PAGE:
1.) Who taught you about manhood?
The usual suspects: my dad, my older brother, the movies, seeing what girls thought was manly and trying to fit the bill.
2.) Has romantic love shaped you as a man?
Sure. I wouldn't say I'm overly demonstrative, but I'm not afraid to say, "I love you." I live in a home with four women--my wife and three daughters --and they've taught me about romance, affection, etc.
3.) What two words describe your dad?
4.) How are you most unlike him?
My dad could spend a full year in a museum, spending hours at each exhibit. I could walk through a whole museum in 10 minutes.
5.) From which of your mistakes did you learn the most?
I didn't always think of other people first. But I learned that when you do that, at least a lot of the time, things seem better all around.
6.) What word would the women in your life use to describe you, and is it accurate?
Busy. And yes, it's accurate.
7.) Who is the best dad you know, and how does he earn that distinction?
Having worked with Randy Pausch on the book The Last Lecture, I watched him prepare his young children for a life without him. It was a brave, selfless, and extremely inspirational act. Randy died of pancreatic cancer in July 2008.
8.) Have you been more successful in public or private life?
I'd like to think I've been successful in both. But, of course, I recognize that public acclaim isn't worth much if your private life is in shambles. So I've tried to find that balance. My kids seem to like me, so I'm grateful for that.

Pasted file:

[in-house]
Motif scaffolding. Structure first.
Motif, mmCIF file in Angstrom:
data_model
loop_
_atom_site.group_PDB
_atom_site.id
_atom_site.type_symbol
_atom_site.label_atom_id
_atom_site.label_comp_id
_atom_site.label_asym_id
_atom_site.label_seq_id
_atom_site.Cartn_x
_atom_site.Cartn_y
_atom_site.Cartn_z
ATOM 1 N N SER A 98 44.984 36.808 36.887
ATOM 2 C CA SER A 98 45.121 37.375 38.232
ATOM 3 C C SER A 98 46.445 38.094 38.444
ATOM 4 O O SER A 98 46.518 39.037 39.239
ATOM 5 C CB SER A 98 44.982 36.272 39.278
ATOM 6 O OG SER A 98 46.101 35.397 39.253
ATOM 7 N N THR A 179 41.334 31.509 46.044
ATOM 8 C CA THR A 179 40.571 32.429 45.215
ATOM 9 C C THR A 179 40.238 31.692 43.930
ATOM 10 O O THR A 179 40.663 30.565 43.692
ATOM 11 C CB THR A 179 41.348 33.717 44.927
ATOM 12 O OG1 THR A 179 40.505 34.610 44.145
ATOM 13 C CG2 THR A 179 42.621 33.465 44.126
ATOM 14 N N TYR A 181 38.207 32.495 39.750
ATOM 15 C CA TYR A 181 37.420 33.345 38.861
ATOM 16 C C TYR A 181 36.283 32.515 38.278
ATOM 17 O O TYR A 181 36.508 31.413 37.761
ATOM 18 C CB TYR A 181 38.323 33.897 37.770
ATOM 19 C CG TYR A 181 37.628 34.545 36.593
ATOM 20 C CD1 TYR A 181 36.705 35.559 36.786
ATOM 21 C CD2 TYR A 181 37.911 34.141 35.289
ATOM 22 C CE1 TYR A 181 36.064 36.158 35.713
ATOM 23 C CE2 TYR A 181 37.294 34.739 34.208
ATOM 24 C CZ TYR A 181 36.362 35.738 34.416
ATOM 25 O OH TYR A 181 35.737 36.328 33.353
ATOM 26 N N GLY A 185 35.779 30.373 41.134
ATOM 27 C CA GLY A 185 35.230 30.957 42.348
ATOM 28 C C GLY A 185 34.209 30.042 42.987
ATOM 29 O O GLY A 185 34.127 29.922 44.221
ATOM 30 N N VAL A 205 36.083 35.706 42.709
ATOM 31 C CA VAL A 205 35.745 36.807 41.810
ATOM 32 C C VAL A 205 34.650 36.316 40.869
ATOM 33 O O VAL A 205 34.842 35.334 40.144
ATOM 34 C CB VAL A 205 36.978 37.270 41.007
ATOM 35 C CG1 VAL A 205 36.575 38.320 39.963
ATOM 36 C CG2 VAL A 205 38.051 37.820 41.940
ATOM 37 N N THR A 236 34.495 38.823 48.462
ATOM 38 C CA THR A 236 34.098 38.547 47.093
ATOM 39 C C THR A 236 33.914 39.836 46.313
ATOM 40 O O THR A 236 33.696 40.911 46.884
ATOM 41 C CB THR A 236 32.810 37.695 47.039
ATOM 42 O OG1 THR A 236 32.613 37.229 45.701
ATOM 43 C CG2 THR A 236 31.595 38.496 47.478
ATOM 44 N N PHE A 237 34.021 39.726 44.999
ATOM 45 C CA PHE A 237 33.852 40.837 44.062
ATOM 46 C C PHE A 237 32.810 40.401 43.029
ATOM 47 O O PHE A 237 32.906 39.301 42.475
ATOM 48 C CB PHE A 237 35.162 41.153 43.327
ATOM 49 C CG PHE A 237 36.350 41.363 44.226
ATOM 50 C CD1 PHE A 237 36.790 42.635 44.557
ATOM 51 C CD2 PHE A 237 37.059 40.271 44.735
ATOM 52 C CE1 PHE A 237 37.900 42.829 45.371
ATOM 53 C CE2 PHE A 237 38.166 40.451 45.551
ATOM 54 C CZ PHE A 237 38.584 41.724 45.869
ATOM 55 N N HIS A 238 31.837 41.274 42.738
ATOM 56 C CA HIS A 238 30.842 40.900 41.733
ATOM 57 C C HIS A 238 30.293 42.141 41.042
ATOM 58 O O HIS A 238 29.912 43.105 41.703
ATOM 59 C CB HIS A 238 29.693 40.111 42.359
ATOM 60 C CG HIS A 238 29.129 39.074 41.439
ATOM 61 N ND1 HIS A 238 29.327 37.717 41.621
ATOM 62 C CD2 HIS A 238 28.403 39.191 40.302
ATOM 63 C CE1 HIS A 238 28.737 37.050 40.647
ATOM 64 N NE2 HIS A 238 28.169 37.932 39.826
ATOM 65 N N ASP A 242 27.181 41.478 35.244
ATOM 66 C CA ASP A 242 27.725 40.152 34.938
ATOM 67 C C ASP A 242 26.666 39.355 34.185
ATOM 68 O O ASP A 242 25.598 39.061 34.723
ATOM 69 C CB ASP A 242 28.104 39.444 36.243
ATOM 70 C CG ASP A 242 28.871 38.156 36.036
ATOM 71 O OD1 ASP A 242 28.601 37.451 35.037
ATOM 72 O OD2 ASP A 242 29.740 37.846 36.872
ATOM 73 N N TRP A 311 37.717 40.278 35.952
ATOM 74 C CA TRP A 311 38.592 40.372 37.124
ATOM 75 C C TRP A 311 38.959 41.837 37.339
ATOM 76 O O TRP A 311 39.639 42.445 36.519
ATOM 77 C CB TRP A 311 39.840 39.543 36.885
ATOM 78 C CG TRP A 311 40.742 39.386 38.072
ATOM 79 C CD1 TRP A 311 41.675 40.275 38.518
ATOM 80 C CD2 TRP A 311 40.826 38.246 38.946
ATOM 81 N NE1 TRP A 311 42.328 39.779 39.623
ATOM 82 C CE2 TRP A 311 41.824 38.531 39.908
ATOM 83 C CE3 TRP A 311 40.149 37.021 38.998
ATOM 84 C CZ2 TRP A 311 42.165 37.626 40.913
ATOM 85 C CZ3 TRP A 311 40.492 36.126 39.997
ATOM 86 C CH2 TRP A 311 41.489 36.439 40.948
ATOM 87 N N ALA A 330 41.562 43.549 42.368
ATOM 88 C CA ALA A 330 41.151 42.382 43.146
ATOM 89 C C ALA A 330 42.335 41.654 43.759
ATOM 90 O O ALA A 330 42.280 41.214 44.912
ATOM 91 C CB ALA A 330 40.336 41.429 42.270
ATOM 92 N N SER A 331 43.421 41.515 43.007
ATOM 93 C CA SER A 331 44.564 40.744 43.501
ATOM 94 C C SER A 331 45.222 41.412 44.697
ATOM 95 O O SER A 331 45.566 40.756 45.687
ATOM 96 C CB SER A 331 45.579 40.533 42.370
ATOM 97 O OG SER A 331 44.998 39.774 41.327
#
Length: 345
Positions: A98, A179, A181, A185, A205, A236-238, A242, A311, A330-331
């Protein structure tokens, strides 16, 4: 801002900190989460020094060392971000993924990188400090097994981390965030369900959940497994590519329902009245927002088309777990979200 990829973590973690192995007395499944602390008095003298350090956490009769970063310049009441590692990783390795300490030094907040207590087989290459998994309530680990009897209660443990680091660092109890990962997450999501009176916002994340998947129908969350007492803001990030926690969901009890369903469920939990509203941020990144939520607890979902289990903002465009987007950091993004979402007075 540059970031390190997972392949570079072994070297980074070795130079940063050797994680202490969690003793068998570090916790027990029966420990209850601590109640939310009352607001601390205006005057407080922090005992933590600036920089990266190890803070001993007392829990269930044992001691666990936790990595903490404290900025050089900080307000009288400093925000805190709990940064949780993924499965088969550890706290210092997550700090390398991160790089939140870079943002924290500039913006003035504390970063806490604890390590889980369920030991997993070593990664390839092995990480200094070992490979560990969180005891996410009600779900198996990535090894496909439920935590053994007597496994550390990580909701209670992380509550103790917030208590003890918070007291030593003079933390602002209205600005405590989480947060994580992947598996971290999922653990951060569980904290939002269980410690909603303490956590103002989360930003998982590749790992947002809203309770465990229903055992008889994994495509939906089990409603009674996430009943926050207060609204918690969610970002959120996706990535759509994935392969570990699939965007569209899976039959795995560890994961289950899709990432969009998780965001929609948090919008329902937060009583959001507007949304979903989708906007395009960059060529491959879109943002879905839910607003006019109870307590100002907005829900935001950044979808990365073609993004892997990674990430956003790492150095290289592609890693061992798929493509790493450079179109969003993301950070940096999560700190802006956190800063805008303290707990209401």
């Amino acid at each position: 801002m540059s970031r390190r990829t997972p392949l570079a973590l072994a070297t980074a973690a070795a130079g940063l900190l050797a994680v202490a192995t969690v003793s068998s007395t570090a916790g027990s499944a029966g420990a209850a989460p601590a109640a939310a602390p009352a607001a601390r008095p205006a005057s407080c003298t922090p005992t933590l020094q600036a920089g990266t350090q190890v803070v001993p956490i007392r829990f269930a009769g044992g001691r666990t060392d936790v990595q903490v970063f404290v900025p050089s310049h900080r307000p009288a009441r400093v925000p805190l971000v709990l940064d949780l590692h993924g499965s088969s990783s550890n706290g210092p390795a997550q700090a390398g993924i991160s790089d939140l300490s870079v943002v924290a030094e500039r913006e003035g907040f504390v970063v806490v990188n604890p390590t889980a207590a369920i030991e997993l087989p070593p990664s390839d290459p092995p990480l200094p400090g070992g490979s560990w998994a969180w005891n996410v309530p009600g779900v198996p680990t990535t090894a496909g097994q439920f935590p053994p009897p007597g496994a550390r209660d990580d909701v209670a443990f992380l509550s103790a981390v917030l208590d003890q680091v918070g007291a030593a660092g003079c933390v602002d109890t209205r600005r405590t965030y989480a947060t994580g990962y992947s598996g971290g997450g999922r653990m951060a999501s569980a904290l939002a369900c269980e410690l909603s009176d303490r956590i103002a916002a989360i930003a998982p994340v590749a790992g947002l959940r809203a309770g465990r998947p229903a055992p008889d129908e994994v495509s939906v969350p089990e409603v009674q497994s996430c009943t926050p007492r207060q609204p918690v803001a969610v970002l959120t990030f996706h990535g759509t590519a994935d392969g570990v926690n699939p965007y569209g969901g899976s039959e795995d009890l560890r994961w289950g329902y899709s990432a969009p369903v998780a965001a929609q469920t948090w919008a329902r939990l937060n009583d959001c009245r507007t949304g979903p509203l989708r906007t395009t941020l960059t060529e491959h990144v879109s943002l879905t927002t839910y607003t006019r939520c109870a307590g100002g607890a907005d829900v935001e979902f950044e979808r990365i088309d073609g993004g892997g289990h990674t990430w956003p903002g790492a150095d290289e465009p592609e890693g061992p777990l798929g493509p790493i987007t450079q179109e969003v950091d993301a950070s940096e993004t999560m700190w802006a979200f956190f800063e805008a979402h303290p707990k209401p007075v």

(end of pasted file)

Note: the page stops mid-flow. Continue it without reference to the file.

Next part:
9.) When was the last time you cried?
I'm not big on tears. But I've choked up a bit in movies...even at the end of The Blind Side!
10.) What advice would you give teenage boys trying to figure out what it means to be a good man?
Follow your instincts. Study your father and grandfathers. Don't let the media define you.
Jeffrey Zaslow is a columnist for the Wall Street Journal, the coauthor of The Last Lecture (with Randy Pausch) and Highest Duty (with Capt. Chesley "Sully" Sullenberger), and the author of The Girls from Ames. All three books were published in 2009 and became bestsellers.
The National Society of Newspaper Columnists twice named Zaslow as best general-interest columnist at a newspaper with over 100,000 circulation. In 2008, he received the Distinguished Column Writing Award from the New York Newspaper Publishers Association.
Zaslow first worked at the Journal from 1983 to 1987, when he wrote about a competition to replace Ann Landers at the Chicago Sun-Times. He entered to get an angle for his story, and won the job over 12,000 applicants. He worked at the Sun-Times from 1987 to 2001, and was also a columnist for USA Weekend, the Sunday supplement in 510 newspapers.
In 2000, Zaslow received the Will Rogers Humanitarian Award for using his column to run programs benefitting 47,000 disadvantaged Chicago children. His annual singles party for charity, Zazz Bash, drew 7,000 readers a year and resulted in 78 marriages.
A Philadelphia native, Zaslow is a 1980 graduate of Carnegie Mellon, where he majored in creative writing. His wife, Sherry Margolis, is a TV news anchor with Fox 2 in Detroit. They have three daughters: Jordan, Alex and Eden.
Thomas Matlack is the former Chief Financial Officer of The Providence Journal, is the founding Managing Partner of Megunticook Management, and is the co-founder of The Good Men Project.